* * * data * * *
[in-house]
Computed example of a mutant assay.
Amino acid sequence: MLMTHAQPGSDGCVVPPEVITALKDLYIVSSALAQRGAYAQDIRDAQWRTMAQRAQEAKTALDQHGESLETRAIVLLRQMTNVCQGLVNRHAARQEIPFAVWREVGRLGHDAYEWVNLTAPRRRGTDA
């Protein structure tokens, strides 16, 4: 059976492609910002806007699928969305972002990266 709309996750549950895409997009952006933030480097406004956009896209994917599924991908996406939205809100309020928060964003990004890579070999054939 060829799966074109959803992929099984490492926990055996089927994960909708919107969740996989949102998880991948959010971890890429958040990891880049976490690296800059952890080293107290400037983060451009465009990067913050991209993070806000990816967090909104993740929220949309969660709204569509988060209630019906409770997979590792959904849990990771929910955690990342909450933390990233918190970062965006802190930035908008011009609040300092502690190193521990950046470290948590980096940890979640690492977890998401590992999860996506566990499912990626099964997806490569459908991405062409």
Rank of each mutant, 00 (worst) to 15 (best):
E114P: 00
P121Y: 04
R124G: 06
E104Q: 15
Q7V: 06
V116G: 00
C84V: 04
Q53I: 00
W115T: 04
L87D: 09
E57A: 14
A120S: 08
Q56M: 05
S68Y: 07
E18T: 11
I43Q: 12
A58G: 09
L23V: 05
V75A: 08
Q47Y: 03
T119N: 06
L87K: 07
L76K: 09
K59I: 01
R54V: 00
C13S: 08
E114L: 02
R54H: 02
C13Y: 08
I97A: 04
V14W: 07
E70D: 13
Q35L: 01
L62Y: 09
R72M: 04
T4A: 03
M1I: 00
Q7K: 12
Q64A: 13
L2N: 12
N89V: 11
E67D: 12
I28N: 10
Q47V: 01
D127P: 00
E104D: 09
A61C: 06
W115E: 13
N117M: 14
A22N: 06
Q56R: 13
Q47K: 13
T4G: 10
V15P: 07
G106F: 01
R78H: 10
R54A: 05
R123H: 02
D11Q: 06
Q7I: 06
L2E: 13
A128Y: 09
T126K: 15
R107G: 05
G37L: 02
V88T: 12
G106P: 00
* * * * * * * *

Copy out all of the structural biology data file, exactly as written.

[in-house]
Computed example of a mutant assay.
Amino acid sequence: MLMTHAQPGSDGCVVPPEVITALKDLYIVSSALAQRGAYAQDIRDAQWRTMAQRAQEAKTALDQHGESLETRAIVLLRQMTNVCQGLVNRHAARQEIPFAVWREVGRLGHDAYEWVNLTAPRRRGTDA
């Protein structure tokens, strides 16, 4: 059976492609910002806007699928969305972002990266 709309996750549950895409997009952006933030480097406004956009896209994917599924991908996406939205809100309020928060964003990004890579070999054939 060829799966074109959803992929099984490492926990055996089927994960909708919107969740996989949102998880991948959010971890890429958040990891880049976490690296800059952890080293107290400037983060451009465009990067913050991209993070806000990816967090909104993740929220949309969660709204569509988060209630019906409770997979590792959904849990990771929910955690990342909450933390990233918190970062965006802190930035908008011009609040300092502690190193521990950046470290948590980096940890979640690492977890998401590992999860996506566990499912990626099964997806490569459908991405062409």
Rank of each mutant, 00 (worst) to 15 (best):
E114P: 00
P121Y: 04
R124G: 06
E104Q: 15
Q7V: 06
V116G: 00
C84V: 04
Q53I: 00
W115T: 04
L87D: 09
E57A: 14
A120S: 08
Q56M: 05
S68Y: 07
E18T: 11
I43Q: 12
A58G: 09
L23V: 05
V75A: 08
Q47Y: 03
T119N: 06
L87K: 07
L76K: 09
K59I: 01
R54V: 00
C13S: 08
E114L: 02
R54H: 02
C13Y: 08
I97A: 04
V14W: 07
E70D: 13
Q35L: 01
L62Y: 09
R72M: 04
T4A: 03
M1I: 00
Q7K: 12
Q64A: 13
L2N: 12
N89V: 11
E67D: 12
I28N: 10
Q47V: 01
D127P: 00
E104D: 09
A61C: 06
W115E: 13
N117M: 14
A22N: 06
Q56R: 13
Q47K: 13
T4G: 10
V15P: 07
G106F: 01
R78H: 10
R54A: 05
R123H: 02
D11Q: 06
Q7I: 06
L2E: 13
A128Y: 09
T126K: 15
R107G: 05
G37L: 02
V88T: 12
G106P: 00